OSLO, Norway—Electric cars represented almost one in five new vehicles registered in Norway last year, a market share unparallelled anywhere in the world thanks largely to consumer incentives that few countries can match.

Almost 26,000 zero emission cars--all of them electric except for nine hydrogen vehicles--were registered last year in the Scandinavian country, out of a total of 150,700 private new cars, according to the Information Council for Road Traffic.

That took the electric car market share to 17.1 percent, up from 12.5 percent in 2014.

"Norway has an incredibly important role. It is the North Star for what is going on in the rest of the world" in the field, said Christina Bu of the Norwegian Association for Electric Cars.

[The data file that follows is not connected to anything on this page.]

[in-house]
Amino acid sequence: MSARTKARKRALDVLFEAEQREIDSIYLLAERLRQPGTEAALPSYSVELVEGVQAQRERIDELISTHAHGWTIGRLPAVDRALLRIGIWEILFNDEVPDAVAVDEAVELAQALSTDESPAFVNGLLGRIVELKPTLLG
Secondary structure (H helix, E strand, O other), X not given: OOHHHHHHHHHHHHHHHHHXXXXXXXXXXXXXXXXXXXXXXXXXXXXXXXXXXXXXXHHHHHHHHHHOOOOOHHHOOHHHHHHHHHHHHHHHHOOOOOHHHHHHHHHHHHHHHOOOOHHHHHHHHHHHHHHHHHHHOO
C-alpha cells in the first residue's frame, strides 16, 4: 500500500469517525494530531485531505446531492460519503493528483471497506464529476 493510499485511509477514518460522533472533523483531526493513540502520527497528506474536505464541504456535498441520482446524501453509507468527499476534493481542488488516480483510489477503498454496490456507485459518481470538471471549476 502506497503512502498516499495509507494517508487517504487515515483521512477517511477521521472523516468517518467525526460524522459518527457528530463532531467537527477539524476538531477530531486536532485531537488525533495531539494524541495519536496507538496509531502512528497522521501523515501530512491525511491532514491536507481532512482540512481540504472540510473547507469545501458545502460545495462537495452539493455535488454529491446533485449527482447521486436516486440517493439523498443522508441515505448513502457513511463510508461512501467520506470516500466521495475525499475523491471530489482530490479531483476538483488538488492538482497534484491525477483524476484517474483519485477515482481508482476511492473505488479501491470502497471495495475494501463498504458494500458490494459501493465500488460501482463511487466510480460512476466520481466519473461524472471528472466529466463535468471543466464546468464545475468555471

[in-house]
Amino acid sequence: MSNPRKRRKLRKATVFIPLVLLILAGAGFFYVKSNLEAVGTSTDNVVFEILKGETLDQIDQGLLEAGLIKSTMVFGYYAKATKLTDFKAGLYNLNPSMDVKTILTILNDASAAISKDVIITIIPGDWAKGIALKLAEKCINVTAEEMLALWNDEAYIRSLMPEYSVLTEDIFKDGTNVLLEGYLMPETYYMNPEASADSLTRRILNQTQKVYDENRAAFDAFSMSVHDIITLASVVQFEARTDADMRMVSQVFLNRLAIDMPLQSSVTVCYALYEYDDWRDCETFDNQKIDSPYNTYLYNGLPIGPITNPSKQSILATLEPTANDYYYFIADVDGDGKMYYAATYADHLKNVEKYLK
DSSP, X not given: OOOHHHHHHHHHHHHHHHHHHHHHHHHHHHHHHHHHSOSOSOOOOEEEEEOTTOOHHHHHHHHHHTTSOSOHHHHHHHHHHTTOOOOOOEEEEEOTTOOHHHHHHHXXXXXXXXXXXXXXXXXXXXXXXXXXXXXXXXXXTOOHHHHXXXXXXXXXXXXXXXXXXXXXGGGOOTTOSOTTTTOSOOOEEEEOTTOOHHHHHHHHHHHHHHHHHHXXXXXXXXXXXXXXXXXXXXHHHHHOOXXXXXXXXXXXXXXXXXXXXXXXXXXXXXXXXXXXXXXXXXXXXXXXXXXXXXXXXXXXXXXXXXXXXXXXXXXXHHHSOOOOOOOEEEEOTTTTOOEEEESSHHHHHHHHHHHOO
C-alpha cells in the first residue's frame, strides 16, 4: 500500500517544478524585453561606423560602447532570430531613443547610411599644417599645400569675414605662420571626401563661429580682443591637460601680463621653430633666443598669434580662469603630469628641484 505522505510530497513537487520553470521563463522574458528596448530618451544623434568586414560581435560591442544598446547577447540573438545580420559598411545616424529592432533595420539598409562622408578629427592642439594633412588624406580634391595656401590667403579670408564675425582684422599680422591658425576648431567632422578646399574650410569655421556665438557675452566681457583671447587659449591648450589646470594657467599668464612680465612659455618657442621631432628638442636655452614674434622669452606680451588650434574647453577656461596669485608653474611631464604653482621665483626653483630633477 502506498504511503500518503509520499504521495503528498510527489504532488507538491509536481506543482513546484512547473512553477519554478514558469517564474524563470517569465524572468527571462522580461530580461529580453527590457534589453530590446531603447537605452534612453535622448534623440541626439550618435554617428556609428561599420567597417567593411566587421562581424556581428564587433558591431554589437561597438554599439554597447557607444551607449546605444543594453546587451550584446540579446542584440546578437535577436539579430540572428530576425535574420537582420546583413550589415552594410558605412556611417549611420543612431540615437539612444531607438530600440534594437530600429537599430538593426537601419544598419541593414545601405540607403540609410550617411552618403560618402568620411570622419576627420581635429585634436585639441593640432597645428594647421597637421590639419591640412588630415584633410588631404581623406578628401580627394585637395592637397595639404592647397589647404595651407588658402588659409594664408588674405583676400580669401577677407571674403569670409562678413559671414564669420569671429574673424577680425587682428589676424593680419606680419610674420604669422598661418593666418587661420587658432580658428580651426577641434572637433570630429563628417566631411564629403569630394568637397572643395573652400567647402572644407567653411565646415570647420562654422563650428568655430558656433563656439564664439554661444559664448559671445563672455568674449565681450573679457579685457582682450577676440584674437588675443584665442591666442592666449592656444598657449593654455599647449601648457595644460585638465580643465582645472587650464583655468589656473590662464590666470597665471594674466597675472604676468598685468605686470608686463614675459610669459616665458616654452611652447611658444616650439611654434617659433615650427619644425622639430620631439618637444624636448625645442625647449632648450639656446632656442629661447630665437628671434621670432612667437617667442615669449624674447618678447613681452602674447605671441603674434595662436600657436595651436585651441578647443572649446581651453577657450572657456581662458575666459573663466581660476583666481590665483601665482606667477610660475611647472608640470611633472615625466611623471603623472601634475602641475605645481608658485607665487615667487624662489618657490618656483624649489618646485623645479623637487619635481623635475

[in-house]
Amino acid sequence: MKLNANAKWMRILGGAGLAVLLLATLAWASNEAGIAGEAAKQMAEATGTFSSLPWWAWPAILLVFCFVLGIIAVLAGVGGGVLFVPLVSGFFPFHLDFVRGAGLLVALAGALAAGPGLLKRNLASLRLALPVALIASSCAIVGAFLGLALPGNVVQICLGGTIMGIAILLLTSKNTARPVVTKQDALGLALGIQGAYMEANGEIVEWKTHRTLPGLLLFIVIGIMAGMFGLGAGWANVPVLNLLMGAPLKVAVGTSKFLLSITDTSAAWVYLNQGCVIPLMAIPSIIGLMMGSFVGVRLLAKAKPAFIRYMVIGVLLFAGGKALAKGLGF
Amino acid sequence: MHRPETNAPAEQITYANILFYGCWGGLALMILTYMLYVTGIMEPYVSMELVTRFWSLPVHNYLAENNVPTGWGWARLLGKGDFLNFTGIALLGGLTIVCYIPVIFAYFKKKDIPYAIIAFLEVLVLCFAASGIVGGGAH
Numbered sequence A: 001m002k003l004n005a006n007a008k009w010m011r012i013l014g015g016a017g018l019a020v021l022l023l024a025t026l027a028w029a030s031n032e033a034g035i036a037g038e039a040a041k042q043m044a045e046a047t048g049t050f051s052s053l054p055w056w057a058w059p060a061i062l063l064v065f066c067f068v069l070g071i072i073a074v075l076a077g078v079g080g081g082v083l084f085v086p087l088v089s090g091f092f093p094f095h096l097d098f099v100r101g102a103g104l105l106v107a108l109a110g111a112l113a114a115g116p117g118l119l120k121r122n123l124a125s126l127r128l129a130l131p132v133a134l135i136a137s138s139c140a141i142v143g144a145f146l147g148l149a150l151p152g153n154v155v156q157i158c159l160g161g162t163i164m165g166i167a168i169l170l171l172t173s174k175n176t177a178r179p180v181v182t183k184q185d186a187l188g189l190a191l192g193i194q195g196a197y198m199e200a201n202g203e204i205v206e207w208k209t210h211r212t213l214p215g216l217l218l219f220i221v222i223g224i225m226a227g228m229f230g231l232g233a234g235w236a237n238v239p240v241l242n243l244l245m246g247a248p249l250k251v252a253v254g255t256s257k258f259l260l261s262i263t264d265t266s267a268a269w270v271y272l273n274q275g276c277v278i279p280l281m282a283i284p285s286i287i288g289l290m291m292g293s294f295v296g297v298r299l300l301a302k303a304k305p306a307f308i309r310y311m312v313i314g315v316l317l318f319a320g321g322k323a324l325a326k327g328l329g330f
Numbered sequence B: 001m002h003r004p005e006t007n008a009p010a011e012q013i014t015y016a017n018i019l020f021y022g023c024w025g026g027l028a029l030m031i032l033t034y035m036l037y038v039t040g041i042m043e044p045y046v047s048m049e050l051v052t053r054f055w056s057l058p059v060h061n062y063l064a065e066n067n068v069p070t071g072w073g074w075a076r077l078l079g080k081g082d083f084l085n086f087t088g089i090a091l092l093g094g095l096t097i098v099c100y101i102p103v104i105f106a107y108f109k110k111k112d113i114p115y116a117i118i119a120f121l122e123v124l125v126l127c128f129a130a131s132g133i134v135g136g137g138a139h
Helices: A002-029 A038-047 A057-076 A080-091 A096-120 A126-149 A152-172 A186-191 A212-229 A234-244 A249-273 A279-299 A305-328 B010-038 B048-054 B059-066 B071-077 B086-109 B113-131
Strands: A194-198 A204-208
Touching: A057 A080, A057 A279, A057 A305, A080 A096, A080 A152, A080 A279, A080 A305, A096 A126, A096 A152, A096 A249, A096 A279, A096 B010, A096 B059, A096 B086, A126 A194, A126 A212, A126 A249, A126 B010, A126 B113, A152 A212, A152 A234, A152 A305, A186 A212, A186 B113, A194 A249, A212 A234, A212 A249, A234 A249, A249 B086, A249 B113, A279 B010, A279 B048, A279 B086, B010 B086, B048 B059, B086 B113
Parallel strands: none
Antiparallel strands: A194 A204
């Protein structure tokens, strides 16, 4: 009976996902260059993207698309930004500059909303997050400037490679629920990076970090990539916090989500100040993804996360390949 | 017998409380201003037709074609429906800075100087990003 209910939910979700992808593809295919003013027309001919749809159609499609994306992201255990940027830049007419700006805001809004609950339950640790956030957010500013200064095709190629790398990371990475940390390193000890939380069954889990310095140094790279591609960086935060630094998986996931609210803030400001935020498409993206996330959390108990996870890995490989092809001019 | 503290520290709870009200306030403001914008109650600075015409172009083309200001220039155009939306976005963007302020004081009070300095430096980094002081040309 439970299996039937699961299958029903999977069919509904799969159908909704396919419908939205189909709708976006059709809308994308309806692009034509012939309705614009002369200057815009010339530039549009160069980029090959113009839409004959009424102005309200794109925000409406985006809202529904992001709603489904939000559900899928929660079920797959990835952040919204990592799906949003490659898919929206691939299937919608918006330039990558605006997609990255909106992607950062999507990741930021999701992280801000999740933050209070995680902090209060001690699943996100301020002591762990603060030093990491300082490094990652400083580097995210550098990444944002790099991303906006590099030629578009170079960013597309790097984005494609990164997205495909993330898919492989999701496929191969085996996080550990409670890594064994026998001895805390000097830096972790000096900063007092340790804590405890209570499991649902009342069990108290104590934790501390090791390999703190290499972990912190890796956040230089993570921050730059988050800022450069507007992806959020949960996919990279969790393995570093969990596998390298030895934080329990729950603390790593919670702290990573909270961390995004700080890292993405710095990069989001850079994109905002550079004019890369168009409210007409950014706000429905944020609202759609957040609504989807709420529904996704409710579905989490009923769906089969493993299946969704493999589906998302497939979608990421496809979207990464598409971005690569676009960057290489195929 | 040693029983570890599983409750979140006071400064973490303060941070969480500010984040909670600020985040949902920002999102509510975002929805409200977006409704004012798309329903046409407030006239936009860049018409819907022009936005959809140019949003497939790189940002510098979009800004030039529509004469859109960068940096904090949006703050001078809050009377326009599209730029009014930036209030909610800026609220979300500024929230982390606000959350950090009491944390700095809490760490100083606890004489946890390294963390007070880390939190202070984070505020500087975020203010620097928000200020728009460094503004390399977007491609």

The Scandinavian country, which ironically enjoys abundant wealth from its North Sea oil and gas reserves, offers numerous incentives to encourage car-buyers to opt for clean vehicles.

While traditional cars are heavily taxed, electric car owners benefit from almost total tax exemptions, making them much more competitively priced.

The electric version of the Volkswagen Golf, the most popular zero emission car sold in Norway last year, retails for 254,000 kroner (26,350 euros, $28,300), much cheaper than the equivalent diesel version sold for 327,000 kroner.

Thanks to the tax breaks, around two-thirds of the electric Golfs made by VW are sold in Norway. The country is also the second-biggest market, behind the United States, for the Tesla S, a US luxury sedan now frequently seen on the streets of Oslo. 

Electric car motorists also enjoy other perks, such as exemptions on road tolls, and, under certain conditions, the use of collective transport lanes and free parking.

Oslo will also shortly open what is likely to be the world's largest electric car parking lot, with 86 recharging stations available at no cost.